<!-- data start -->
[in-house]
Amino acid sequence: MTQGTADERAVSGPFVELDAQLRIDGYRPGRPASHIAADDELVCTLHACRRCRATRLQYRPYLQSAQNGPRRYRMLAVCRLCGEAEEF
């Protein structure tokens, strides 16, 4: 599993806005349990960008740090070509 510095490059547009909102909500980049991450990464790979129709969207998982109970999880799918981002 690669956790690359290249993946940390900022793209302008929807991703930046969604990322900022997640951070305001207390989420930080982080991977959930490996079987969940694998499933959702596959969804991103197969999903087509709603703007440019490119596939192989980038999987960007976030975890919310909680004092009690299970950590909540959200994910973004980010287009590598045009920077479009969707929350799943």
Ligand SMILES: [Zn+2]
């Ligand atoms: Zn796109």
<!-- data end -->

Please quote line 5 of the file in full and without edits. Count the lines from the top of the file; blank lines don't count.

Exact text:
């Ligand atoms: Zn796109």